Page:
how to calculate/compensate Stored Thermal energy in NiCr Road?
Not necessary when using a PID controller. Internal states, e.g. stored energy would be used in case of a state space based controller which might be applied to hard to control complex processes. To allow me an ignorant guess, it's completely over your head.

can i use 2 different sensor for more accuracy?
To achieve what, particularly? Two sensors could be used to implement a cascaded controller, e.g. an inner controller for the heater temperature and an outer controller for the actual target. Might be reasonable if the heater can't be precisely controlled by just the manipulated value, e.g. in case of a gas burner. An electric heater as a well known characteristic and don't need this stuff.

Your first post clarifies that managing the basic control theory (single loop PI or PID) is your next step.
 

KlausST

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Re: 2 Degree problem with +0.1% constant temperature oven

Hi,

I agree with FvM.

The differential part makes to decrease the heating energy (rod temperature) BEFORE your oven reaches the setpoint temperature (50°C).

Example: from room temperature to 45°C the rod has full heating power = 100%. And maybe at 48°C it decreases the heating power to 50%.
The higher the rise rate and the closer the oven temperature is at the setpoint temperature the more it decreases the power.
This compensates for the stored heating energy in the rods.
***

The integral part eliminates regulation offset caused by the proportional regulation part.
***

Klaus
 

andre_luis

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Re: 2 Degree problem with +0.1% constant temperature oven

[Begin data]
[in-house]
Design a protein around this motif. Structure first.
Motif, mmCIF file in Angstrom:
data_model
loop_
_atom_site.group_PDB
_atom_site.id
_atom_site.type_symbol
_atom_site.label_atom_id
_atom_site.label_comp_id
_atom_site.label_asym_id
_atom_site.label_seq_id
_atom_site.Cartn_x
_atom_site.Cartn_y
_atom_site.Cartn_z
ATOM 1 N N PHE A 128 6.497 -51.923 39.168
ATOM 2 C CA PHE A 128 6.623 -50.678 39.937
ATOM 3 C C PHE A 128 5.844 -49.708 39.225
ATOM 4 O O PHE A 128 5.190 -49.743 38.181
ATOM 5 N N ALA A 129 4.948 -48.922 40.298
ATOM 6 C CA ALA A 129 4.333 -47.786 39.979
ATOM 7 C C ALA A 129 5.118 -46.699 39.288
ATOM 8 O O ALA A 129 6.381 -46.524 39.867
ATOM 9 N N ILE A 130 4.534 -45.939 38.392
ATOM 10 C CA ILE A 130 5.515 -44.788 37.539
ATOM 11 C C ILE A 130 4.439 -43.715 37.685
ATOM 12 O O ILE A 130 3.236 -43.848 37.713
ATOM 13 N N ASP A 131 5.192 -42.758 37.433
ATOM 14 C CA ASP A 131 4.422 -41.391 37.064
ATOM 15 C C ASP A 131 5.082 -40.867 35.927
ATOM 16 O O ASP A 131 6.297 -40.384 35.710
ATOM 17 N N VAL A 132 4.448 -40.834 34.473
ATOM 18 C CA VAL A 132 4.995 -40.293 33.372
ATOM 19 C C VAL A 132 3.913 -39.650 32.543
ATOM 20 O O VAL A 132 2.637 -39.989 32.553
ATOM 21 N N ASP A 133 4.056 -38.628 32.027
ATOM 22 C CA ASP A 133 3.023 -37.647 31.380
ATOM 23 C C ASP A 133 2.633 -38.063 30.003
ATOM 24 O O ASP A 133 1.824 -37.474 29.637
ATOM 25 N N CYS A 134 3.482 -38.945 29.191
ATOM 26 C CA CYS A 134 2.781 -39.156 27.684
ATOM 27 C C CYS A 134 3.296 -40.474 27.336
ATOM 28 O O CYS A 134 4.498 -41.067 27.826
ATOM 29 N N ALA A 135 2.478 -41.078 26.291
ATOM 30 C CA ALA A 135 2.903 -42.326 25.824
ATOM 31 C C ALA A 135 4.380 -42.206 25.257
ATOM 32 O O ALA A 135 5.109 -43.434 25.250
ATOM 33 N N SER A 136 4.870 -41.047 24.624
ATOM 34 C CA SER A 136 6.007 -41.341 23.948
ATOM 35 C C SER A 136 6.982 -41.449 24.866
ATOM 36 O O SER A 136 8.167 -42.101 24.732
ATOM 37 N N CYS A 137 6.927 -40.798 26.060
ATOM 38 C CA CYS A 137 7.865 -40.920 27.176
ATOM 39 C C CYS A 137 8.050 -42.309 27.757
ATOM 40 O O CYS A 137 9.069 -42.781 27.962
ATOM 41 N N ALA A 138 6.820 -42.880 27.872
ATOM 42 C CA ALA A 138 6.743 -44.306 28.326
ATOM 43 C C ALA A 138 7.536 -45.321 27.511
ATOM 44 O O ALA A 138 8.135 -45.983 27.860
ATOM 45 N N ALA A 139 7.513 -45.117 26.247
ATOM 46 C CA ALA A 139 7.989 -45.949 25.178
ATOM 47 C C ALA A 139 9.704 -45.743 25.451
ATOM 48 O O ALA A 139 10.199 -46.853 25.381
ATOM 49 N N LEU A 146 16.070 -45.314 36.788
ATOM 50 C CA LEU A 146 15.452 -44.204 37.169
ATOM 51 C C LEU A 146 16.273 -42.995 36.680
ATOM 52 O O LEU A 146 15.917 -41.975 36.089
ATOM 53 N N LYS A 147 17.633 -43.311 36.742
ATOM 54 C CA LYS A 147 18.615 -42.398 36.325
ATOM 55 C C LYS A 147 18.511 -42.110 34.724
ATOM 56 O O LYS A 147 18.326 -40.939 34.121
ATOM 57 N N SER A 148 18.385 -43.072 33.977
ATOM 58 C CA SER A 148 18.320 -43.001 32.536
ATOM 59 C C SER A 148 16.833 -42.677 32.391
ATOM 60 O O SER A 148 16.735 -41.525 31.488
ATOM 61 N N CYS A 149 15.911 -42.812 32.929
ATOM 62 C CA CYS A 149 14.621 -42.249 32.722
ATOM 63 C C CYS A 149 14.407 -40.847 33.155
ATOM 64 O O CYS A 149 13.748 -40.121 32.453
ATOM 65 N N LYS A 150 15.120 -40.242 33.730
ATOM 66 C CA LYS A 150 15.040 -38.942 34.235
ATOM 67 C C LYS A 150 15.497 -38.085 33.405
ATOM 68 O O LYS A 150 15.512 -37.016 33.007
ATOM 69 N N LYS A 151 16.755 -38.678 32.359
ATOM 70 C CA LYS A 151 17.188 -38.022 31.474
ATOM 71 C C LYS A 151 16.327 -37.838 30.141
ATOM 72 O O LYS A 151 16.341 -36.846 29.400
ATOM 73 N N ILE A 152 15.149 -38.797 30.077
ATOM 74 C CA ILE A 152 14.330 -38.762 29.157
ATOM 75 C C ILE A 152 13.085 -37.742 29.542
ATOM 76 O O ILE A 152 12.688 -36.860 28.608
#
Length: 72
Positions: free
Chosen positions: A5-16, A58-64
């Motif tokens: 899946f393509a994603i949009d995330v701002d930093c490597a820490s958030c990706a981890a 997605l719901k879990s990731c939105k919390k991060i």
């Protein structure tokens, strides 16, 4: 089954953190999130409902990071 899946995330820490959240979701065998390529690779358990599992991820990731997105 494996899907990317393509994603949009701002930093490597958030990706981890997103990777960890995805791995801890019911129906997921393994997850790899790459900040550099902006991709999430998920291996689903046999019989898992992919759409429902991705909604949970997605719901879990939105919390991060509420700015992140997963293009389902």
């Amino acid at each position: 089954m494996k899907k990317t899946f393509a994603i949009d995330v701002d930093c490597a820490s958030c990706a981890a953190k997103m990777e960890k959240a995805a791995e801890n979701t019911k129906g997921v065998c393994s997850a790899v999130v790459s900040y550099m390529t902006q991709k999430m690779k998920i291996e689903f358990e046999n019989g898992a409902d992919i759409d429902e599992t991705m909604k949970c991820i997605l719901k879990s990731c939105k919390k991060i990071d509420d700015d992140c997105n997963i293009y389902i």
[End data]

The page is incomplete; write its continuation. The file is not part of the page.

or there is another way to do it?

An immediate workaround to reduce the oven temperature deviation could be achieved by splitting the heating ellement into 2 parts or more, controlling them independently. This way you would be able to quickly rise the temperature at the beggining of the process heating both, but after certain threshold performing the steady control by driving less power with just one of them, therefore having a smaller temperature "ripple". The suited scenario would be having different power heating values, one for hard control, and other for fine control.
 

amjadali56

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Re: 2 Degree problem with +0.1% constant temperature oven

An immediate workaround to reduce the oven temperature deviation could be achieved by splitting the heating ellement into 2 parts or more, controlling them independently. This way you would be able to quickly rise the temperature at the beggining of the process heating both, but after certain threshold performing the steady control by driving less power with just one of them, therefore having a smaller temperature "ripple". The suited scenario would be having different power heating values, one for hard control, and other for fine control.

Thanks andre. it lowered it to +-1C which may work around I think. i am also thinking of using traic.... thanks

- - - Updated - - -

Or any other PID library available to you.


Not necessary when using a PID controller. Internal states, e.g. stored energy would be used in case of a state space based controller which might be applied to hard to control complex processes. To allow me an ignorant guess, it's completely over your head.


To achieve what, particularly? Two sensors could be used to implement a cascaded controller, e.g. an inner controller for the heater temperature and an outer controller for the actual target. Might be reasonable if the heater can't be precisely controlled by just the manipulated value, e.g. in case of a gas burner. An electric heater as a well known characteristic and don't need this stuff.

Your first post clarifies that managing the basic control theory (single loop PI or PID) is your next step.

thanks for your keen interest and support!
only on thing to consider I am Botanist (my recent research is on an unknown plant for which this oven is needed) :cool: not electronic Engineer:wink: .... any thing about electronic which I know, learned it from this forum from beginning point zero to this stage since my membership. so that's true that PID is way head of me:bang: